The roads and highways of Seattle, Washington are some of the most bizarre road construction feats I have ever experienced. They are often the background of my nightmares because of their Seussically-illogical build. In fact, there is one highway that, while being built, the city grew up around it faster than the road was being completed so now, there is an “exit” on that highway that, if you were to take it, you would be ejected mid-air into nothingness. That exit’s original destination became occupied by a large building and the exit could never be completed, so they just barricaded it off and called it good enough, aborting their design, and leaving a gaping hole in the system. When I asked about this curious and dangerous predicament, I was told that the city planners and the highway planners had not been clear about the road’s destination. Thus, a building had been built where a road was supposed to be.
Over the years, I have discovered that there are several other highways in the Seattle area that have “ghost ramps” – there is actually a name for these roads that go nowhere. These unusable roads that have never been completed occur because a road starts being built, following a plan with an unclear destination or before there is a consensus on the destination, before everyone is on board with the road’s path. In the case of most of the ghost ramps in the area, they have been aborted because of the second reason – the destination was set, but the path was not chosen. When the resistance comes out about that destination or the location of the path and the uproar begins, the road just gets left hanging and never reaches its destination.
This concept of being clear on the destination and having a clear blueprint for the journey on getting there has been on my mind a lot recently, as I go about building a freelance business and striving to accomplish several goals. I realized the other day that I had delineated my dreams, writing them down as part of a way to solidify them, and I had even gone so far as tentatively visualizing how I wanted to experience the path, but I hadn’t mapped out a route.
What I discovered is that I had been running a program that had an outline of: Well, my thoughts create my reality, so my thoughts created THIS reality without me “doing” anything. That means my thoughts can create a new and improved reality without me “doing” anything.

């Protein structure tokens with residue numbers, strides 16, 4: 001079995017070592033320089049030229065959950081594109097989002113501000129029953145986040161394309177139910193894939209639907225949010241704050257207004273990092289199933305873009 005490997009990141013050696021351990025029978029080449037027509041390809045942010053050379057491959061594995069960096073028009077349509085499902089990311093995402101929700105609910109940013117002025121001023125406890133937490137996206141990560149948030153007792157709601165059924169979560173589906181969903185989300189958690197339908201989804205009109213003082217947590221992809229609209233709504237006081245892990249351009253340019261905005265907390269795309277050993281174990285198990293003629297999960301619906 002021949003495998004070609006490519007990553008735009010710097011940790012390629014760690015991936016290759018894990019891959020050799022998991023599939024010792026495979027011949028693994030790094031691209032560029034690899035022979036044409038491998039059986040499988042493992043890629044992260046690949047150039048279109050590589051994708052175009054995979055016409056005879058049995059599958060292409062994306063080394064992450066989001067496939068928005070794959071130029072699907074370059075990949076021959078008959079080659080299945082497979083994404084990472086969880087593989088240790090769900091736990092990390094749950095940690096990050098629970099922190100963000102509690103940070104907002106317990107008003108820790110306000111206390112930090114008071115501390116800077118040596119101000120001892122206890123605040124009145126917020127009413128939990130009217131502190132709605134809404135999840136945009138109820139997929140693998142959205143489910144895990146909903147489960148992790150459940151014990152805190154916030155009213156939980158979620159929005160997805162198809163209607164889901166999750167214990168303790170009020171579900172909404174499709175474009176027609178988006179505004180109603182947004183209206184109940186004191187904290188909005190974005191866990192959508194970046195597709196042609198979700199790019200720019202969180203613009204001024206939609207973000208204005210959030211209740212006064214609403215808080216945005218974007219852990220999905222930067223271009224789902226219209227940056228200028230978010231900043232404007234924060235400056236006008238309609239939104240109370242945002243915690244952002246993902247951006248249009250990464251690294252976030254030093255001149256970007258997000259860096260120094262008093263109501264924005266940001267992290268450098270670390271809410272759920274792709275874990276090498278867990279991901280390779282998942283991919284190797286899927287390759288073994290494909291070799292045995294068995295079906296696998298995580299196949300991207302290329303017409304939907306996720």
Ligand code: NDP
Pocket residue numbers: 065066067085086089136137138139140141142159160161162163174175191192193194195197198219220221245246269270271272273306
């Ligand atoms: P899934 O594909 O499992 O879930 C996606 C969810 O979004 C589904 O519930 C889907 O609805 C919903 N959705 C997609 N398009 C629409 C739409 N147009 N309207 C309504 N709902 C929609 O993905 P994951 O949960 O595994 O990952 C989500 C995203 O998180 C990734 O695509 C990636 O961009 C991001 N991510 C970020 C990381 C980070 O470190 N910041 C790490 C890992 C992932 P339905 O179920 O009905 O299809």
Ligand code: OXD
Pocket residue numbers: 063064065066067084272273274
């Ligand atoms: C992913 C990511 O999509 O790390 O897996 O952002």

What I wasn’t seeing is the fact that in my life, prior to this point, there has been a whole heckuvalotta “doing,” but it has been unconscious and unproductive because there was no map for me to follow. I have built all kinds of ghost ramps and have aborted the project because I wasn’t even aware that a road was being built. If I woke up to the fact that I was on some road going somewhere, I would often exit the road because my desire to get to some vague destination was not enough to draw me through the ups, downs, and chuckholes that were littering my street.
Like with successful vacations, success in life and business requires planning. It requires a starting point and a destination – even if the destination is “I’m going to see what the road brings me,” that is a conscious choice of a destination. Those kinds of journeys can create for adventurous vacations where a lot of new sights are seen and experiences are had. And, while that sort of journey seems to lack a defined destination, it is the journey itself – it is to see new sights and experience new things – that is the destination.
While the definition of success is different for each individual, we can probably all agree that success looks like arriving where we want to arrive and the attitude with which we journey to get there. I was recently reminded by my mentor that the most easeful way of arriving in style at my destination is to know where I am starting, where I am going, and how I’m going to get there. It requires action because, although it is quite delicious to visualize eating Ivar’s clam chowder on the Seattle waterfront, it is much more fun to be at Ivar’s eating clam chowder as the sounds from the marina fill the Seattle night air. That only happens when the GPS has been set, the map has been drawn out, and the road has been driven to get me there.
© Angie K. Millgate 9/7/13
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